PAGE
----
Quail eggs stuffed with Mayo & chives,
Cherry tomatoes stuffed with cream & herb cheese,
Thinly sliced courgette marinated and rolled with parma Ham and smoked Duck slices
Tomatillo & orange with honey & Feta cheese
Tartlets with prawn &mango / smoked salmon /humus &cucumber
Polenta slices with Tomato and aubergine / smoked salmon
Pork or duck pate with onion relish or chilly jelly
Potato pancake (blinis) with cucumber& smoked salmon /Tamari & cucumber/
Prawns in Marie Rose (Brit condiment made of ketchup and Mayo)
Individual apple crumble with creme fraiche
Ginger sorbet

Thursday, October 14, 2010

Hot off the Tandoor...

Tandoori Chicken is to Indian cuisine what Jerk is to Jamaican, Tacos are to Mexican and Pasta is to Italians. Despite its humble origins, it has become the uncontested favorite in a cuisine that is vast as well as diverse. The founder of one of Delhi’s oldest and most famous restaurants Moti Mahal lays claim to its original recipe. It all began when he roasted a chicken over wood and charcoal in a hole in the ground. A modern Tandoor is a cylindrical oven made of clay reaching temperatures up to 900° F. Tandoori Roti, which is a type of baked flat bread is commonly cooked alongside the Tandoori and usually served with it.
It is inevitable that anyone who has eaten Indian food has tried the Tandoori Chicken at some point. A well made Tandoori is tender and moist on the inside and crisp on the outside, with an aroma of spices and a distinctly smoky flavor. An attempt to replicate the recipe in a regular gas oven will not have the same results but an open grill works well. It is the brick red color of the Tandoori that makes it easily identifiable and in a strange way makes it so much more appetizing. I tried the same recipe without the color and it didn't turn out quite the same, proving that we do "eat with our eyes first".
Recipe for Tandoori Chicken:
1 chicken cut into large sections
juice of 1 lemon
1 teaspoon salt
1/2 cup plain yogurt
1 tablespoon ginger paste
1 tablespoon garlic paste
1 teaspoon Garam Masala powder
pinch of red food color
1 tablespoon oil or melted butter
1 teaspoon salt
1 tablespoon melted butter
1 teaspoon Chaat Masala

Rinse the chicken pieces and pat dry. Rub it all over with the salt and lemon juice and set aside for 1/2 an hour. Combine the remaining ingredients and rub the chicken with it. Marinate the chicken for a few hours at least or preferably overnight. Grill over an open flame, basting with any left over marinade. Serve hot brushed lightly with melted butter and sprinkled with chaat masala.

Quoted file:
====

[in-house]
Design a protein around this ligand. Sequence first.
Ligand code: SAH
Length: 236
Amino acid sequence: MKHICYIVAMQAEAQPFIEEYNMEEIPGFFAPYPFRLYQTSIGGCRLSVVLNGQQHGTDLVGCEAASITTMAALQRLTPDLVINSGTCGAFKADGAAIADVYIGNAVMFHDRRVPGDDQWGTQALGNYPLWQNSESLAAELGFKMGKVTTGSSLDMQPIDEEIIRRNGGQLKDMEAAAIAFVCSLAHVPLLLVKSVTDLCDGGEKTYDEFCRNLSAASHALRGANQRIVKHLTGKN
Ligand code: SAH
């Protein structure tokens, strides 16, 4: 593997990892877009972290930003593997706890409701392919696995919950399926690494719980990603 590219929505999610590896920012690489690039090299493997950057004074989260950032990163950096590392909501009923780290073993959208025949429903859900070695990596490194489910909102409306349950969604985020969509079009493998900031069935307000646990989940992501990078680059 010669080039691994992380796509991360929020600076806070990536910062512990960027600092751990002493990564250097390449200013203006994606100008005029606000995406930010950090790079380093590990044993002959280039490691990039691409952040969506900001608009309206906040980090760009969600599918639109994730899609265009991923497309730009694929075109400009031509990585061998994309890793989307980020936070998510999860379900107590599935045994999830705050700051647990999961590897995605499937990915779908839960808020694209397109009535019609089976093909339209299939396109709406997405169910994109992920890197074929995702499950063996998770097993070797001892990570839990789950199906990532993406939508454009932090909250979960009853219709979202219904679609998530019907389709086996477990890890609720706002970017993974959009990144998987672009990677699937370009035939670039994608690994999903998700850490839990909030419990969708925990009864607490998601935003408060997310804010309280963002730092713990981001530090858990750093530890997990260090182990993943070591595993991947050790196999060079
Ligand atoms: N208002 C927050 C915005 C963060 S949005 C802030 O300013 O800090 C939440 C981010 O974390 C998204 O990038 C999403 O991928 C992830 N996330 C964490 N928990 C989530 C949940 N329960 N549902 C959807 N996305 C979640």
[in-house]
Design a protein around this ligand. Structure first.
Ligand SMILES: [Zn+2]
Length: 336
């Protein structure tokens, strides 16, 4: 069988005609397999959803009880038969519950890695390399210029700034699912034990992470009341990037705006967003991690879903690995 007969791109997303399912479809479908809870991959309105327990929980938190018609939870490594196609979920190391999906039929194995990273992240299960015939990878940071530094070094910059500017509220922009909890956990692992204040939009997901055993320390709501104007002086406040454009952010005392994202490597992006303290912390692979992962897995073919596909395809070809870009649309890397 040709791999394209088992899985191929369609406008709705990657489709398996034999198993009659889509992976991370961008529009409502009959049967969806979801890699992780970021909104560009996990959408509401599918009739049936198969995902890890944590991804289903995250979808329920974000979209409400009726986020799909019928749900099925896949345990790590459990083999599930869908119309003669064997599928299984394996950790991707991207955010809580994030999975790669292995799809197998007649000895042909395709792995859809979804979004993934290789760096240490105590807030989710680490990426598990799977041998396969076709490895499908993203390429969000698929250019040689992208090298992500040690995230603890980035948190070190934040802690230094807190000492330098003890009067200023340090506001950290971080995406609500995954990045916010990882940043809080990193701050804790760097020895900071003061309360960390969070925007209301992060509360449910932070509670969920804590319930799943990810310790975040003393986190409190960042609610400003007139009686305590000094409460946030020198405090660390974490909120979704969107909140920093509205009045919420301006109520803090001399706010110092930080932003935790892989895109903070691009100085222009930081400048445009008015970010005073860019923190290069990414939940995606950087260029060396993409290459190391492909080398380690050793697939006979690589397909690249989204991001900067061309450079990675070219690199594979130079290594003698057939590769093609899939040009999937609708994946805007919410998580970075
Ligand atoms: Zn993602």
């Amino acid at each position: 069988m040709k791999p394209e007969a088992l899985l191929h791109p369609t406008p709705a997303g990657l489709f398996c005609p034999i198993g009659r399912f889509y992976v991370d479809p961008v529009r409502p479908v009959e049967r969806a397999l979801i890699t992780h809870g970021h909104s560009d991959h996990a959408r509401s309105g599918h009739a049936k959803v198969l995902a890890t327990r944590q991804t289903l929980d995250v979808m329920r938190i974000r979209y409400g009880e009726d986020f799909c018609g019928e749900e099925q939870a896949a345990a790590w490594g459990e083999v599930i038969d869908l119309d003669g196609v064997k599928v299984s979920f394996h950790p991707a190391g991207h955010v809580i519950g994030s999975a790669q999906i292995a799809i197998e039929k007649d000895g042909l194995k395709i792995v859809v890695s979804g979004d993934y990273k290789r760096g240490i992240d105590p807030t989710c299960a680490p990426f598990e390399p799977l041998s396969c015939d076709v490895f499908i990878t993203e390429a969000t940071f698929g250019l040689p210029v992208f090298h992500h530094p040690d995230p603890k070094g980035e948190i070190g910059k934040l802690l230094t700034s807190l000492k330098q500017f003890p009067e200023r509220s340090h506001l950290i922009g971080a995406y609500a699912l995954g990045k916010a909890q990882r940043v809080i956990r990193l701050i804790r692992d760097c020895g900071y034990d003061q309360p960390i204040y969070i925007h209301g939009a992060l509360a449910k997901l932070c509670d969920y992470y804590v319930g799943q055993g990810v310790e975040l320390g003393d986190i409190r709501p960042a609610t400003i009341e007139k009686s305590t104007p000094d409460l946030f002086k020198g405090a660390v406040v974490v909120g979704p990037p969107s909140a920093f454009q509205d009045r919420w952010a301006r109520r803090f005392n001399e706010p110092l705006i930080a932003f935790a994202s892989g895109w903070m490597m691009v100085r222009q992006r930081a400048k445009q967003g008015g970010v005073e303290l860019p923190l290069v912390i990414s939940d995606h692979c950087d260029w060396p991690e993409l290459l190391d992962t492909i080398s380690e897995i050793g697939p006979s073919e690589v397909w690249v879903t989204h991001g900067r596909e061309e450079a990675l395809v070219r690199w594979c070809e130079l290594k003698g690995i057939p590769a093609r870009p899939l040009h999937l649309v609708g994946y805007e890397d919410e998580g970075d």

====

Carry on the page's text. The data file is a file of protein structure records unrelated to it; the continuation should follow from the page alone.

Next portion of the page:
A word of caution when using red food color- Buy it at the Indian grocery store. Do not use food color intended for cookies or you may end up with a psychedelic pink Tandoori Chicken!

Wednesday, October 13, 2010

Satay is ubiquitous to South East Asia and almost every country in the region has its own version of this versatile dish. Although Chicken Satay seems to be widely popular here in the West, one is likely to find beef, fish, tofu, pork and goat as the source of protein quite often in the East. It is a common misconception that Satay is of Thai origin based on the fact that every Thai restaurant is likely to have it on their menu. It is in fact a mainstay in Indonesia, Malaysia and Singapore. Relatively easy to prepare and inexpensive - the Satay is often a meal and not the mere appetizer we tend to associate it with. Lamb Satay which originated in the islands to the Northeast of Java is considered the most popular in Indonesia. Malaysians have their own trademark of basting the meat with oil using a brush made of lemongrass as it grills.
There's no denying that it is a great finger food but it contributes well to a family style meal too. A hearty bowl of soup or rice and a platter of Satay and you're off to a good start!

Recipe for Chicken Satay:

1 lb Chicken cut into bite size pieces
1 inch piece of galangal
1 cilantro root
1 clove garlic
1 stem lemon Grass
1 teaspoon coriander powder
1 teaspoon cumin powder
1 teaspoon turmeric powder
1 teaspoon curry powder
½ cup coconut cream
1 teaspoon sugar
1 teaspoon salt
Grind the galangal and cilantro root to a fine paste. Add in the dry spices. Combine the remaining ingredients. Marinade for half an hour. Skewer the meat. Grill over an open fire and baste with the marinade to keep the meat moist. Serve with Satay sauce.